2001 was an amazing year for Gonzalez, who shocked the world, and after years of bouncing from team to team, hit 57 home runs.
Another memorable feat was when a piece of Gonzalez' chewing gum was sold for $10,000 in 2002.
He retired in 2008, and became the first Diamondback to have his number retired.
5 All-Star Games
World Series Champion Diamondbacks (2001)
The most recent of the Home Run Derby winners is "Big Papi" David Ortiz. It comes as a surprise to some that this is the first time that Ortiz has won the Derby.
"Papi" always had the power, but it wasn't until he left the Twins in 2003, and began playing for the Red Sox, that he became a star. He has been a part of two titles in Boston, and became one of the greatest designated hitters to play the game.
Despite being a feared hitter at the plate, Ortiz is considered by many to be a fan-favorite in many cities other than New York.
6 All-Star Games
2 World Series Championships Red Sox (2004, 2007)
One of the most prolific power hitters in the 1980s, Darryl Strawberry drew comparisons to the greats of all time before he even turned 30. He tied Wally Joyner in 1986 in the Home Run Derby.
An extremely popular player with the New York Mets, Strawberry was voted to eight straight All-Star games from 1984 to 1991. Also during this time, he was immortalized in a famous episode of "The Simpsons" with other baseball stars of the day.
In the mid-90's, he would have his health problems and also his issues with drugs, but he would come back to play a role with the Yankees, and win three championships.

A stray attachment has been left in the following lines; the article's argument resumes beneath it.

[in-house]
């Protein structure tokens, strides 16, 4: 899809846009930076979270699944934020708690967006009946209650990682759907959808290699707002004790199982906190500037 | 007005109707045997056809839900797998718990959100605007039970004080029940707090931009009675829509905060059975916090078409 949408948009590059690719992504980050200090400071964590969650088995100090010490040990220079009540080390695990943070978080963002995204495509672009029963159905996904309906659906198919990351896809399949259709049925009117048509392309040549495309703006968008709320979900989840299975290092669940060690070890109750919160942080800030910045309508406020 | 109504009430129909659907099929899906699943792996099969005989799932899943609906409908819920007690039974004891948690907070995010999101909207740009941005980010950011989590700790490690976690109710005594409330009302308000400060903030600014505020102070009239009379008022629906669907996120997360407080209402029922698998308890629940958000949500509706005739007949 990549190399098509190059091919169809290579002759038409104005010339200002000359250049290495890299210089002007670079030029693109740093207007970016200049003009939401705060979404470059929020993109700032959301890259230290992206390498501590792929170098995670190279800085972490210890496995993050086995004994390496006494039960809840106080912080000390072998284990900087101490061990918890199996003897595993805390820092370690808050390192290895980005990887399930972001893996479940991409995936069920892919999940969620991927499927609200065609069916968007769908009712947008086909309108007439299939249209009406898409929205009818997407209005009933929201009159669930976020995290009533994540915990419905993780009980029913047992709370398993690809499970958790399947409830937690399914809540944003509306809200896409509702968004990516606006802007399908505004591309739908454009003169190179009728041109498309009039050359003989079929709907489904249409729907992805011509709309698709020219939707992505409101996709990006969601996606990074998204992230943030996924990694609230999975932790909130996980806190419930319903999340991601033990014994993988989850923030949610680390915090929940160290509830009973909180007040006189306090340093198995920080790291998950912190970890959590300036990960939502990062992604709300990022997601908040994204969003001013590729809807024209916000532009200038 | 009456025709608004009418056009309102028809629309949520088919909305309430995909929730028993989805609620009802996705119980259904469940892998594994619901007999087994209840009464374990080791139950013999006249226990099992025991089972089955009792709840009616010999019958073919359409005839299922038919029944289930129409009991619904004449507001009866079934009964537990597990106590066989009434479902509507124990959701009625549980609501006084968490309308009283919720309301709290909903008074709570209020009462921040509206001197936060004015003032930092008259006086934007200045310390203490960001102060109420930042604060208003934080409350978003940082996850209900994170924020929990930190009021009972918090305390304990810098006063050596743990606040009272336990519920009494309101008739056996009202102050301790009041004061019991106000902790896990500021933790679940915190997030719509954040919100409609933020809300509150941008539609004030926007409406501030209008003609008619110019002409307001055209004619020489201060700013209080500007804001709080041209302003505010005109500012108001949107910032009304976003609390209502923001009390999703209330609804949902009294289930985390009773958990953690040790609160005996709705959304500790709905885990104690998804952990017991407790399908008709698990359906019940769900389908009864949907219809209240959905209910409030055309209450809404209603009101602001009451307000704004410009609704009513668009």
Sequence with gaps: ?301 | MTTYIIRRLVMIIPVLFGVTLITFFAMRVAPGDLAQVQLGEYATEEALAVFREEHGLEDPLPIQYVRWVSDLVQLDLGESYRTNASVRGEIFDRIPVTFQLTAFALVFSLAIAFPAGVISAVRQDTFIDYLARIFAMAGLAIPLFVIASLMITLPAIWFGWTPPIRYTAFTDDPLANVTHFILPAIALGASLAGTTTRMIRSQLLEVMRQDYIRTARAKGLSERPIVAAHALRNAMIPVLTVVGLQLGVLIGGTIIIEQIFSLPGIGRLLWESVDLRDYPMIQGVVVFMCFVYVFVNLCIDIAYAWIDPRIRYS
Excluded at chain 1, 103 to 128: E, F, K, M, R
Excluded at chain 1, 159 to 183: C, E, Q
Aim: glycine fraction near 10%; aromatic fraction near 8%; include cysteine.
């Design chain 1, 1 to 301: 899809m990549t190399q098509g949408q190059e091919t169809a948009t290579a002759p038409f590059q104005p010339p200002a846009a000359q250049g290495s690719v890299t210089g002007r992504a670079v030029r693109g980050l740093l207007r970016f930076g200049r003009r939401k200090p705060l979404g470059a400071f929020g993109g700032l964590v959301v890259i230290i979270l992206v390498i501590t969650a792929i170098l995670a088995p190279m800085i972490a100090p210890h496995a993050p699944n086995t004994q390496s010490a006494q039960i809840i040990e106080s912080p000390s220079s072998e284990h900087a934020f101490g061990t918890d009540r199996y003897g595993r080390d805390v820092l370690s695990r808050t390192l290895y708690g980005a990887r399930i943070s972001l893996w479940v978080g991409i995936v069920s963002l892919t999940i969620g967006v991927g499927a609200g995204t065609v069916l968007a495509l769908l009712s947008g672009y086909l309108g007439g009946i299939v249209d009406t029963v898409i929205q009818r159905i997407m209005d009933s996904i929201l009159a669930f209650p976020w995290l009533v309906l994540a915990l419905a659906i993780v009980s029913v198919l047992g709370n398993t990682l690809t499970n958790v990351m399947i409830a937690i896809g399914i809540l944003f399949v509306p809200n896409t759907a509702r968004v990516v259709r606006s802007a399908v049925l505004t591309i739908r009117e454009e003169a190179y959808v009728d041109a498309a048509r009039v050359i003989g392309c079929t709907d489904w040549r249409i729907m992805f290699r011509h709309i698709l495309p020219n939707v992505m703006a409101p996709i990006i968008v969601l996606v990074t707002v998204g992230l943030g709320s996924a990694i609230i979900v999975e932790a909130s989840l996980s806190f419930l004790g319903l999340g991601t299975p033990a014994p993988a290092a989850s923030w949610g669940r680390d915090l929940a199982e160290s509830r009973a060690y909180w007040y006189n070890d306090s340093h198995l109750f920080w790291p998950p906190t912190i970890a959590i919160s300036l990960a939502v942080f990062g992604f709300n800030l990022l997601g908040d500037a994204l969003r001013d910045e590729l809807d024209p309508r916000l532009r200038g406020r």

8 All-Star Games
4 World Series Championships Mets and Yankees (1986, 1996, 1998, 1999)
"Juan Gone" won the 1993 Home Run Derby in Baltimore in a playoff battle with the master of the competition, Ken Griffey Jr.
One of the best power-hitters and run producers of his era, Juan Gonzalez was an intimidating figure with his viper-like batting stance and famous mustache. His production in a losing effort in the Divisional Round of the playoffs with the Rangers was one of the highlights of his impressive career.
After his strong run with the Rangers, he moved on to a host of different teams, and was riddled with injuries. He turned down a monster contract offer from the Tigers and was famous for telling them to move the fences in, as he did not fair well in the spacious confines of Comerica Field.
3 All-Star Games
2 AL MVP (1996, 1998)
The winner of the inaugural Home Run Derby in 1985, Dave Parker was a player that was able to do everything from an awards standpoint in a career, but still is not in the Hall of Fame.
Known as "The Cobra" in his playing days, Dave Parker was a player that could hit for average, power, and play exceptional defense. He played for 18 seasons for six different teams.
His best run was in the first 10 years of his career with the Pittsburgh Pirates, which included an MVP season in 1978.
7 All-Star Games
NL MVP (1978)